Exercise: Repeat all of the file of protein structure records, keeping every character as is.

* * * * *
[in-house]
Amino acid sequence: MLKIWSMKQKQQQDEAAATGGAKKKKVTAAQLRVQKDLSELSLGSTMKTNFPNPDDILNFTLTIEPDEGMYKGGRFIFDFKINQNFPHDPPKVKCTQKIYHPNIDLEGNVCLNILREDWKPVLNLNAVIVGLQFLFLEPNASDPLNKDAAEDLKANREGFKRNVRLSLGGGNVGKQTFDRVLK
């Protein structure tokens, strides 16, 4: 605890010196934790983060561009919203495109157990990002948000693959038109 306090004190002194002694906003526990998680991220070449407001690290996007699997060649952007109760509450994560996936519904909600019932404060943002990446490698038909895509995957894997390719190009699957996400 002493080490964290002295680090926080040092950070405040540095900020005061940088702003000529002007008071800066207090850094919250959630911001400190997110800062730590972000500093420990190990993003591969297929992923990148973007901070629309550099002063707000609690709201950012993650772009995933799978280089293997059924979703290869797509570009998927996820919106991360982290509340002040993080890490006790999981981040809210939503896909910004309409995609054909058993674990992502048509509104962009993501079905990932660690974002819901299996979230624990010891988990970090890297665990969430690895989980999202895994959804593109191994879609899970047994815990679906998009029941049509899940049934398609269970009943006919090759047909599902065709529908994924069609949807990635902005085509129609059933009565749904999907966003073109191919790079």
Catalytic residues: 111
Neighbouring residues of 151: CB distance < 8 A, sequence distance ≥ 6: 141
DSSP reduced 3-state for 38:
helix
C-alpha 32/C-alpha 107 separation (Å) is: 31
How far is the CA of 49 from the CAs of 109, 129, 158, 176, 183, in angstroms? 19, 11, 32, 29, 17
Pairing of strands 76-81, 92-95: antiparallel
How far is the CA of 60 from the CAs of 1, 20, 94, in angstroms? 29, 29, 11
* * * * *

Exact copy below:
[in-house]
Amino acid sequence: MLKIWSMKQKQQQDEAAATGGAKKKKVTAAQLRVQKDLSELSLGSTMKTNFPNPDDILNFTLTIEPDEGMYKGGRFIFDFKINQNFPHDPPKVKCTQKIYHPNIDLEGNVCLNILREDWKPVLNLNAVIVGLQFLFLEPNASDPLNKDAAEDLKANREGFKRNVRLSLGGGNVGKQTFDRVLK
């Protein structure tokens, strides 16, 4: 605890010196934790983060561009919203495109157990990002948000693959038109 306090004190002194002694906003526990998680991220070449407001690290996007699997060649952007109760509450994560996936519904909600019932404060943002990446490698038909895509995957894997390719190009699957996400 002493080490964290002295680090926080040092950070405040540095900020005061940088702003000529002007008071800066207090850094919250959630911001400190997110800062730590972000500093420990190990993003591969297929992923990148973007901070629309550099002063707000609690709201950012993650772009995933799978280089293997059924979703290869797509570009998927996820919106991360982290509340002040993080890490006790999981981040809210939503896909910004309409995609054909058993674990992502048509509104962009993501079905990932660690974002819901299996979230624990010891988990970090890297665990969430690895989980999202895994959804593109191994879609899970047994815990679906998009029941049509899940049934398609269970009943006919090759047909599902065709529908994924069609949807990635902005085509129609059933009565749904999907966003073109191919790079």
Catalytic residues: 111
Neighbouring residues of 151: CB distance < 8 A, sequence distance ≥ 6: 141
DSSP reduced 3-state for 38:
helix
C-alpha 32/C-alpha 107 separation (Å) is: 31
How far is the CA of 49 from the CAs of 109, 129, 158, 176, 183, in angstroms? 19, 11, 32, 29, 17
Pairing of strands 76-81, 92-95: antiparallel
How far is the CA of 60 from the CAs of 1, 20, 94, in angstroms? 29, 29, 11